Being a new dog owner can be incredibly exciting, but can also be stressful if you don’t know what you’re getting into. Owning a dog is just like having a child; it comes with responsibilities and obstacles.
If you educate yourself on what to expect ahead of time, you can set you and your dog up for a successful, happy life together. Here are a few resources to get you started on your happy journey with your new furry friend!
- veterinary hospitals
- doggy daycare facilities
- boarding facilities
- pet supplies stores
Dog parks are also a fun and free way to network with other nearby dog owners and get all their available advice on the good (and bad) resources available in your region. Word-of-mouth is inevitably going to provide better feedback than the advertisements and promotional websites of each establishment.
This will help give you a well-rounded and less biased set of opinions on everything from diet to behavior in your new dog. Bringing your canine companion to dog parks is also a great way to socialize him and observe some of your dog’s key behaviors for yourself.
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10 Useful Resources for A New Dog Owner
Check out this document that contains everything regarding adopting your first puppy or adult dog: A New Dog in the House: From Shelter Dog to Beloved Family Member (PDF).
This is a general set of helpful guidelines for integrating your new dog into your life seamlessly and with love. These tips focus on dog behavior, and how to set rules to ensure that your canine companion becomes a thriving member of the family.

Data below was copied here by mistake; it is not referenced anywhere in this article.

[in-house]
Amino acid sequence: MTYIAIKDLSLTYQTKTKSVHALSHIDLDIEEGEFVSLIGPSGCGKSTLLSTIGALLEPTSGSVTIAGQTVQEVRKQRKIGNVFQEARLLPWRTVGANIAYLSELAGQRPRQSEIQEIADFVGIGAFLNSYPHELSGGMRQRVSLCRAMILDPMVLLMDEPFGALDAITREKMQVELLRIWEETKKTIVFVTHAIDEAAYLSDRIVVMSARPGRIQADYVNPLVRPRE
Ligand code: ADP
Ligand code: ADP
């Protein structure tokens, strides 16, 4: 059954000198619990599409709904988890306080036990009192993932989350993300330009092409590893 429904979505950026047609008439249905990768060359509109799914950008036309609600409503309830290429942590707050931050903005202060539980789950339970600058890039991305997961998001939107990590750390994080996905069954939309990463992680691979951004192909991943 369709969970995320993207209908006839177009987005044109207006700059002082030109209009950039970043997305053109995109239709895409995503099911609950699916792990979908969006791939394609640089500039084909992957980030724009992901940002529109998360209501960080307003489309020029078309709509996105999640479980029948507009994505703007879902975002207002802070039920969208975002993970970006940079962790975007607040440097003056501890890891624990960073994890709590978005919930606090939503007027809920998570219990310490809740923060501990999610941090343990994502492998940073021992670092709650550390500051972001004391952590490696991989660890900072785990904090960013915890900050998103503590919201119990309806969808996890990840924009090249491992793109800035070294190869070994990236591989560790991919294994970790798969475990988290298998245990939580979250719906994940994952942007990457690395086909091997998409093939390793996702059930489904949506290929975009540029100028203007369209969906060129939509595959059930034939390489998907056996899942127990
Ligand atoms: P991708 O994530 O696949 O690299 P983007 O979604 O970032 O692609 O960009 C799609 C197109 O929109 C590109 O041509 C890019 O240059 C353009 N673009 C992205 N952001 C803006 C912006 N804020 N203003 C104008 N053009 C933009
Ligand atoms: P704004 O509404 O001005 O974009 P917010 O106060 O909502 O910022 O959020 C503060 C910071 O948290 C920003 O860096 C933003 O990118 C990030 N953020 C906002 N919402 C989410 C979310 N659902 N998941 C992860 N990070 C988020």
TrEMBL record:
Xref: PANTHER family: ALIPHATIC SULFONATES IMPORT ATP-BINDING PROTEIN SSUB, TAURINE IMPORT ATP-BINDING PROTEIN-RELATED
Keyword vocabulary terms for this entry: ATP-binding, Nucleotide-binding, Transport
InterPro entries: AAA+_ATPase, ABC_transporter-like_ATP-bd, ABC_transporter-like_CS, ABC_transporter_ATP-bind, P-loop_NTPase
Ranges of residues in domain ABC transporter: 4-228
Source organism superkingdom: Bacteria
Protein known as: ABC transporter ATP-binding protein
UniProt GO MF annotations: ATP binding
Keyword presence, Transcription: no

Dog Food Resources
There are a plethora of professional opinions on what dogs should eat. It really boils down to personal preference of the owner. A good place to start are general dog diet forums. This will help you see all the possibilities out there and narrow in on the options you like.
Some people advocate raw dog food diets, while others prefer kibble and veterinarian-recommended diets. There are breed-specific diets and foods, as well as foods based on age and size.
For a better dog food resources breakdown, read the Dog Food Reviews article.
If you have a puppy or a dog with known medical issues, you should definitely consult your veterinarian or a canine nutritionist, as these dogs could experience damages to their health if certain dietary specifications are not met.
The best places to start outside of the internet are your veterinarian, a canine nutritionist and your local pet food store. Both establishments will have people trained to give you sound advice for feeding your dog a healthy diet.
Dog Training and Behavior Resources
1. How Dogs Learn
by Mary R. Burch and Jon S. Bailey
A quick, easy-to-grasp overview of how dogs learn, this book is a great resource for new dog owners. It contains clear and simple information on how best to teach your dog based on how the species learn.
2. Quick and Easy Crate Training
by Teoti Anderson